An improvement over the first Touch but still short of rivals. (August 24th, 2008)
Product Manufacturer: HTC (Telus as carrier)
Price: $150 (3 yr. contract)
- Exceptional 640x480 screen; more responsive than the original Touch.
- Much better media player and overall TouchFLO interface.
- Opera Mobile a clear edge over other Windows Mobile phones.
- Above average battery and call quality in its category.
- EVDO Rev A and Wi-Fi support.
- Better 3.2MP camera; 4GB of built-in storage.
- Still a "confused" UI: requires switches between d-pad, finger, and stylus input.
- Removable storage dropped from previous design.
- Just one expansion port with no 3.5mm earphone jack.
- Camera is just a resolution upgrade, still has mediocre image quality.
When the original HTC Touch launched, critics charged that it had conflicting personalities: it wanted to be a home user's device, with a simple touchscreen interface, but was really too attached to its business-like Windows Mobile side to truly work. The Touch Diamond not only reflects lessons learned from those year-old quirks but is also HTC's first real chance at developing a product (almost) from the ground up to fight the iPhone. We take a look at the Diamond not only to see how well it fares against its US-designed counterpart but whether HTC was focused on interface or specsmanship.
design and the ultra-sharp screen
Ergonomically, the Diamond is an admission that the original Touch's shape was slightly awkward; gone is the squat, rounded shape in favor of a longer bar shape. It's more comfortable to hold and has more hardware control than the original Touch had, at least in practice. One appreciated function is the magnetic grip on the stylus; while it would preferable never to have to rely on the stylus, putting it back is faster now that a less-than-precise move is needed to put the pen back in its slot.
HTC has thankfully resisted the urge to enlarge the 2.8-inch screen of the first Touch simply for the sake of one-upping the iPhone or other devices stretching out to 3.5 inches; because of this, the Diamond has a much smaller surface area than its rival, and seems suited to smaller pockets on the whole. That said, this isn't as ideal a video playback device as the iPhone. Movies and TV shows are better-suited to increases in sheer screen size, and the difference is unmistakable.
It also comes at the expense of thickness. To reach the smaller shape, the Diamond bulks up slightly to 0.55 inches thick versus the iPhone's 0.48. On paper, this should matter little, but the tapered edges of the Apple handset certainly make it feel more substantial. The Diamond may not be as thick as the N95 8GB, but it's just thick enough that a tight pocket might feel more strain than it would with the iPhone, which still stands as one of the thinnest smartphones to date.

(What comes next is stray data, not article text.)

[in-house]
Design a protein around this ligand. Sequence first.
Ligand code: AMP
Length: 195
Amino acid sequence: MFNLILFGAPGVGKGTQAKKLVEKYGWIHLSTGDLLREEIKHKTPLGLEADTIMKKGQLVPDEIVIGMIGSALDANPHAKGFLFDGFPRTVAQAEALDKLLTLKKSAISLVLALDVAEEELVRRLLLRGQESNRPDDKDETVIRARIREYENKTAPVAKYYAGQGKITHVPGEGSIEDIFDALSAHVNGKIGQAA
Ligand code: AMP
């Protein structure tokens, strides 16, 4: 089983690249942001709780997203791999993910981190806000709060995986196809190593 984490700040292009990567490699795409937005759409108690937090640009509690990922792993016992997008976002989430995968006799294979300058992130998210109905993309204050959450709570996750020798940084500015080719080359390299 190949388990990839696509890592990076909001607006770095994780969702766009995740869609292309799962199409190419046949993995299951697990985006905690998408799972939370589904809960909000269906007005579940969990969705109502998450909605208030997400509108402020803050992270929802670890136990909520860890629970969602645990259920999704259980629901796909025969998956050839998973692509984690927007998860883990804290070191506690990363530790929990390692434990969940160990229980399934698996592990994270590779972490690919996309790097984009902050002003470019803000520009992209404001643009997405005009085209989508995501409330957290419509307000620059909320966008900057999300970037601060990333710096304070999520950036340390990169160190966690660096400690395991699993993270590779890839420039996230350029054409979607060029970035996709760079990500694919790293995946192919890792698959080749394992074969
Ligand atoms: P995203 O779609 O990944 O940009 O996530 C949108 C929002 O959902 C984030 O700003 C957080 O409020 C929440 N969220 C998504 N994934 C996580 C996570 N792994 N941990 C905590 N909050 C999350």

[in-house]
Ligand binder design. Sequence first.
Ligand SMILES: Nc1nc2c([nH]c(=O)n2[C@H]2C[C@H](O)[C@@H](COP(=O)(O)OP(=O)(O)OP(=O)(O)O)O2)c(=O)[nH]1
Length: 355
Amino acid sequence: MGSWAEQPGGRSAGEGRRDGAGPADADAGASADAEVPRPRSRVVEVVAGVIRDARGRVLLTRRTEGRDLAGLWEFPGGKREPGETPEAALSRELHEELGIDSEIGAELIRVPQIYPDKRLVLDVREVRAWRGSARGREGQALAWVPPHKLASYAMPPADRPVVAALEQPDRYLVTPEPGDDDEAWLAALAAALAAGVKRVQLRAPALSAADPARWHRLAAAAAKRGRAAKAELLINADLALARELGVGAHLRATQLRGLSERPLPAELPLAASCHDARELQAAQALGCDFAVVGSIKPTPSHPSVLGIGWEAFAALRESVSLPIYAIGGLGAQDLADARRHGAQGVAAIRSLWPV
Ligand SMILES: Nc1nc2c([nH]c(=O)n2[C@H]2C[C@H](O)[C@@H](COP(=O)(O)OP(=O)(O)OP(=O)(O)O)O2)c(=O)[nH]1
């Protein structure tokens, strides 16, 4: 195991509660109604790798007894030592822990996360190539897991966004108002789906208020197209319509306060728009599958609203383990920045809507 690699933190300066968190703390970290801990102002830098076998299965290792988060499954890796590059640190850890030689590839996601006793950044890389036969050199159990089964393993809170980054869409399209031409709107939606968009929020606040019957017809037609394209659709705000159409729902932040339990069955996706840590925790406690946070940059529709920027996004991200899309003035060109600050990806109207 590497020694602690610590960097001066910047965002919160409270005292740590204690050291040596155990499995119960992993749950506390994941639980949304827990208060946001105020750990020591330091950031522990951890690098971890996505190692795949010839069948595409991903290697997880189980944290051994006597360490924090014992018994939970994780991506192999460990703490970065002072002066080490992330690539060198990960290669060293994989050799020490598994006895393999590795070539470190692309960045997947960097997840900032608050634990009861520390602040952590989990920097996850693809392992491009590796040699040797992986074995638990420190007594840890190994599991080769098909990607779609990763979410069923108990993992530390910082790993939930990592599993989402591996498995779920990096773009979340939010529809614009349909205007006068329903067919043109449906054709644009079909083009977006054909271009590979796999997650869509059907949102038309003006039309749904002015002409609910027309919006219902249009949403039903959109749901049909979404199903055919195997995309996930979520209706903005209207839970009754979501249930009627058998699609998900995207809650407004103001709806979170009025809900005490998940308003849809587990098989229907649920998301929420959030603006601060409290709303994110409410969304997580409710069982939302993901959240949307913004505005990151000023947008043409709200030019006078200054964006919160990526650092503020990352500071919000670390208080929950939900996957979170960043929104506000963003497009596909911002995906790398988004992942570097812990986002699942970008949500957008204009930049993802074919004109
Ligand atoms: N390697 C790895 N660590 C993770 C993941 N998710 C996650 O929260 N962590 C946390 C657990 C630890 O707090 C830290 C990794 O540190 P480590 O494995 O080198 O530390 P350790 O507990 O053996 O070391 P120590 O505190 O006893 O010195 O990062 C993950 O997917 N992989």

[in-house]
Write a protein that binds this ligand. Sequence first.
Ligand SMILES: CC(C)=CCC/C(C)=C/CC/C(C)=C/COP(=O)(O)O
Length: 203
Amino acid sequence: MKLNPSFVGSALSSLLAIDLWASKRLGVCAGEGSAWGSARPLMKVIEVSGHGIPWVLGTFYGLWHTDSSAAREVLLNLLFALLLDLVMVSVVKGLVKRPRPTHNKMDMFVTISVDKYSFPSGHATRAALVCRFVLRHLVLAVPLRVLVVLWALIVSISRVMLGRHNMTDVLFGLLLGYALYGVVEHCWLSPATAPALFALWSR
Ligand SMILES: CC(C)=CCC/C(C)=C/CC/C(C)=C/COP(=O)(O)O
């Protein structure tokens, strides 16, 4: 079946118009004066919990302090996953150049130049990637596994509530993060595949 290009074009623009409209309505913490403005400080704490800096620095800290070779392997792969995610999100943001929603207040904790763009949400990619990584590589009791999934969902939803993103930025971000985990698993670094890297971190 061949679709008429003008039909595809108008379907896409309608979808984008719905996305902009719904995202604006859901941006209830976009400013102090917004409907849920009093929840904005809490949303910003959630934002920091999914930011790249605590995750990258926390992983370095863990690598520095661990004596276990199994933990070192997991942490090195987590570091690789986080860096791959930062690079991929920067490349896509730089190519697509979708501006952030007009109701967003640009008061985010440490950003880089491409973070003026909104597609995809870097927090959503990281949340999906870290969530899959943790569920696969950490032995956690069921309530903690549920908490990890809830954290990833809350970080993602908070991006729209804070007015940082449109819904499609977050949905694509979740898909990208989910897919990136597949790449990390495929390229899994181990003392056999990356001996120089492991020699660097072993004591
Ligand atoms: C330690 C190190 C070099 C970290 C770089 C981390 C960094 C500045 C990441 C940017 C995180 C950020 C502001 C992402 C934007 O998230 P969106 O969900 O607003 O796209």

Where HTC wins an unambiguous victory is in screen resolution. The 640x480 display is one of the very first for Windows Mobile to push past 320x240 and is simply gorgeous to view. The pixel density is so high that fonts are crisp and at times print-like. Many of HTC's custom visual effects come alive, photos are vivid and even standard TV-grade video loses none of its crispness on the smaller display. It's especially handy for web browsing, where the resolution is just high enough that it's easier to read text without zooming too far into the page. Virtually the only flaw is its glossy nature, which shows smudges much more than with some other touchscreen phones.
Importantly, it's also easier to use. The screen is much more responsive to touch input than the original and so works more effectively without having to apply the large amount of pressure that was all too often necessary with the original. It's now possible to register quick swipes instead of slow, deliberate movements. Even so, HTC ought to jump from resistive touchscreens to a more sensitive capacitive display like that of the iPhone; while patents likely stop HTC from using multi-touch, it's still too difficult to use flicking motions or other more intuitive gestures.
The praise given to the body can't be given to the directional pad. In an attempt to embrace minimalism, HTC has done away with the raised borders that served as the original touch's arrow keys and instead tucked the buttons underneath the outside edge of the circular center button. It's more pleasing to the eye, but it also makes non-touch navigation a pain. There's now a certain amount of guesswork involved in remembering where to push, and more than a few times a press on the appropriate spot wouldn't immediately trigger the right action. Form has actually trumped function here in a questionable design move; Apple may not have as many physical buttons, but it's better to have strong touch-only input than lukewarm physical controls.